One of the founding editors of the Practice Options newsletters, Burns has edited books on health care and business strategies for Faulkner & Gray and Panel Publishers. From 1991 to 1994, he was editor-in-chief of Business & Health magazine and later was a contributing editor and author of a monthly column for Managed Healthcare Executive magazine. He was the founding editor of The Financial Manager, a magazine for accountants and other business strategists. Burns, based in Massachusetts, began his career as a newspaper reporter in Connecticut.
Clark is compiling resources for journalists to cover the many aspects of patient safety, from diagnosis errors to post-discharge monitoring of patients. She is a MedPage Today contributor and inewsource.org investigative journalist. For most of 27 years, she covered medicine and science for the San Diego Union-Tribune. After taking a buyout in 2008, she became senior quality editor for HealthLeaders Media, writing about the Affordable Care Act until 2015. She won the National Institute for Health Care Management’s $10,000 prize for a 2014 magazine article on sepsis and more recently, was honored for a series on a network of diabetes clinics that many researchers and clinicians called a scam.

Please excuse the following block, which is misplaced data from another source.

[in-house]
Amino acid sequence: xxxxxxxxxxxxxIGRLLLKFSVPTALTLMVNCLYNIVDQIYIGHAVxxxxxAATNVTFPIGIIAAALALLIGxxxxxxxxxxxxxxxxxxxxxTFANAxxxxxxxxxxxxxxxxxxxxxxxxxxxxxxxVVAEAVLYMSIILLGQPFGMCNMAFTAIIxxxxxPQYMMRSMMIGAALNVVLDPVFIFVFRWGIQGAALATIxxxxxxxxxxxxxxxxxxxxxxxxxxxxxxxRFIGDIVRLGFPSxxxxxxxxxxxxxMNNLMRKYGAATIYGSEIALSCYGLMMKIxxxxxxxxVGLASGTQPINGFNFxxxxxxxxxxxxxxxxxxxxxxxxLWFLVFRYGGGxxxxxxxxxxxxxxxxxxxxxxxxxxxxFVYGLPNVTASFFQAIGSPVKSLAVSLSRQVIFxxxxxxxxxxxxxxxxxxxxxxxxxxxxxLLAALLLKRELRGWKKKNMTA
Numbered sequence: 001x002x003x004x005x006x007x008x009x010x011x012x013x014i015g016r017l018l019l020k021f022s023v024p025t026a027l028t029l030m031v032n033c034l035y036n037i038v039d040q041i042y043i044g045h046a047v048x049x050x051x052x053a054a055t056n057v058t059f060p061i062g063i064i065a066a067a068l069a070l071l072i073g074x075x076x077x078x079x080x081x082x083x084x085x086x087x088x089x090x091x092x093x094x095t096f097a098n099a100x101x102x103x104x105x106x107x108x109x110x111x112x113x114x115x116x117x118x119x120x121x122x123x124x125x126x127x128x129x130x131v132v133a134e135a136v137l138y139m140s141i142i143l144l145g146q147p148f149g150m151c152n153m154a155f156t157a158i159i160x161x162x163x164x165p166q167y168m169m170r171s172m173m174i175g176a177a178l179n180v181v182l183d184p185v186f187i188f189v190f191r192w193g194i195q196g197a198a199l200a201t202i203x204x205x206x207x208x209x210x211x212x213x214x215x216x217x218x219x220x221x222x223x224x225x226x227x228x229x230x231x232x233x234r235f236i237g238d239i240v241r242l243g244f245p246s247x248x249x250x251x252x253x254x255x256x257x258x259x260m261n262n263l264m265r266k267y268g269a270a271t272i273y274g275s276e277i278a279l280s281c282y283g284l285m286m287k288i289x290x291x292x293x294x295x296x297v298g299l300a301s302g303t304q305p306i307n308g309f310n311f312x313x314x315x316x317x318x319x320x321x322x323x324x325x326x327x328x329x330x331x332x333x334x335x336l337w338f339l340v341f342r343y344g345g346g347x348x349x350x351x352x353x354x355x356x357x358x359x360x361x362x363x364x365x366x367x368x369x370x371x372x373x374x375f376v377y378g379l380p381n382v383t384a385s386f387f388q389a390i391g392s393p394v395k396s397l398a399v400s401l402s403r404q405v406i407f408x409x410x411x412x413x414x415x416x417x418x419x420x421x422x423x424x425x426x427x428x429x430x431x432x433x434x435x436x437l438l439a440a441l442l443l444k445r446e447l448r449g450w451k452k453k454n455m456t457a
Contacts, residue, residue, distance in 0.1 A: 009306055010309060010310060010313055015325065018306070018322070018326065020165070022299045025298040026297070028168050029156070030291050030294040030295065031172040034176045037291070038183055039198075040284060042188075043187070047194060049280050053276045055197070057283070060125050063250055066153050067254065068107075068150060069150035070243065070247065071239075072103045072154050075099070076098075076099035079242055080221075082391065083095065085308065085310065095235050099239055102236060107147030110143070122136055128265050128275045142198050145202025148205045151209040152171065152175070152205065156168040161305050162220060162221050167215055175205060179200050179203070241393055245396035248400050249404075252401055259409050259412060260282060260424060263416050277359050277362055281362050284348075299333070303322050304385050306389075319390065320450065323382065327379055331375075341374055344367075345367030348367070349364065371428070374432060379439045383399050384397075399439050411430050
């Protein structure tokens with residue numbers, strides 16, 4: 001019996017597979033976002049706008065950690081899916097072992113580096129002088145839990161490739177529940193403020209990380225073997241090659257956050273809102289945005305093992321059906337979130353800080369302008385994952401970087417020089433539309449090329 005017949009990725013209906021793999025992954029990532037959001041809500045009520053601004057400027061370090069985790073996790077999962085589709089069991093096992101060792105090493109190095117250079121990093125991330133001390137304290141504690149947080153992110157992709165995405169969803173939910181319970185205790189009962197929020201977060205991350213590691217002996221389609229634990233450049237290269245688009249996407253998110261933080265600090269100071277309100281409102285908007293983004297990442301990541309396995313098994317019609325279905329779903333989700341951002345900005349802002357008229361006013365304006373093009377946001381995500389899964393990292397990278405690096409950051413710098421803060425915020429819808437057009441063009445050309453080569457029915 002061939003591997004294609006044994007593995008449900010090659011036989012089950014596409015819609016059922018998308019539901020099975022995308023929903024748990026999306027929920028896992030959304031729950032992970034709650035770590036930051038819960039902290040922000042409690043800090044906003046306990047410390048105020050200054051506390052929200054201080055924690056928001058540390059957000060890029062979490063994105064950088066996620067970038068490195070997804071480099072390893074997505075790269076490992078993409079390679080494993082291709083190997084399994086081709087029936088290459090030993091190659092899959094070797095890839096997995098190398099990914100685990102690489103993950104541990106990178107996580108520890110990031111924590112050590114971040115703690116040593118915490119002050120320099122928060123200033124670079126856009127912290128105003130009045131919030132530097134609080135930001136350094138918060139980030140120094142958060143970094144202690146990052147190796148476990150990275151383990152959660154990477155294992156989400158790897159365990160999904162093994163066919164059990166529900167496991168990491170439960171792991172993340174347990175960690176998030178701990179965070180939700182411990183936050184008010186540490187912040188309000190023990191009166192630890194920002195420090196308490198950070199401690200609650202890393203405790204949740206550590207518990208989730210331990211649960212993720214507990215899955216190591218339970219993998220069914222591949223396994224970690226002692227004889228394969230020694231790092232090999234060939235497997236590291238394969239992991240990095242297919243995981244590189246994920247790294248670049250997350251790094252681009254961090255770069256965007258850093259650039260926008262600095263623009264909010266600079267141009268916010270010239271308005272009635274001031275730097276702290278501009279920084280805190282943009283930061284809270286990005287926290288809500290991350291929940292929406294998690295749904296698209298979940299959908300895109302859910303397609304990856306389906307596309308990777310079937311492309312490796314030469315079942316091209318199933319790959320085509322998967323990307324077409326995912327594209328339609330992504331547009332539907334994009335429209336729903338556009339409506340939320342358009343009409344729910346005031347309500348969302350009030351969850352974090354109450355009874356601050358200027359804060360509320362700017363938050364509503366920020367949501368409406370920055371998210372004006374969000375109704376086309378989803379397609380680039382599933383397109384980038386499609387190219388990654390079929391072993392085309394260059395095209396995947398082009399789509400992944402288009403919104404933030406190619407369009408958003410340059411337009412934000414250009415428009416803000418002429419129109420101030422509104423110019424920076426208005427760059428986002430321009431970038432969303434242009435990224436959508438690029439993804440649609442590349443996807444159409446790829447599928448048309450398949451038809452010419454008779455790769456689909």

Carolyn Crist, (@cristcarolyn), Freelance Correspondent
Crist helps AHCJ’s freelance members find the resources, tips and contacts they need to create and run a successful business. A freelance journalist and author herself, Crist covers health, medicine and science stories for national news outlets such as Reuters, Runner’s World and Parade. She also writes for trade and custom publications in the health, business and education industries. A former newspaper reporter on local crime and government desks in Georgia, Crist still loves the look and feel of traditional print publications and enjoys talking about the future of the media industry, media strategy and social media marketing. Her first book, “The New Science of Narcissism,” is scheduled to be published in 2020. She teaches at the University of Georgia and runs the Freelance Writing Roadmap website and podcast to help others on their journey to freelance freedom.
Tara Haelle (@tarahaelle), Medical Studies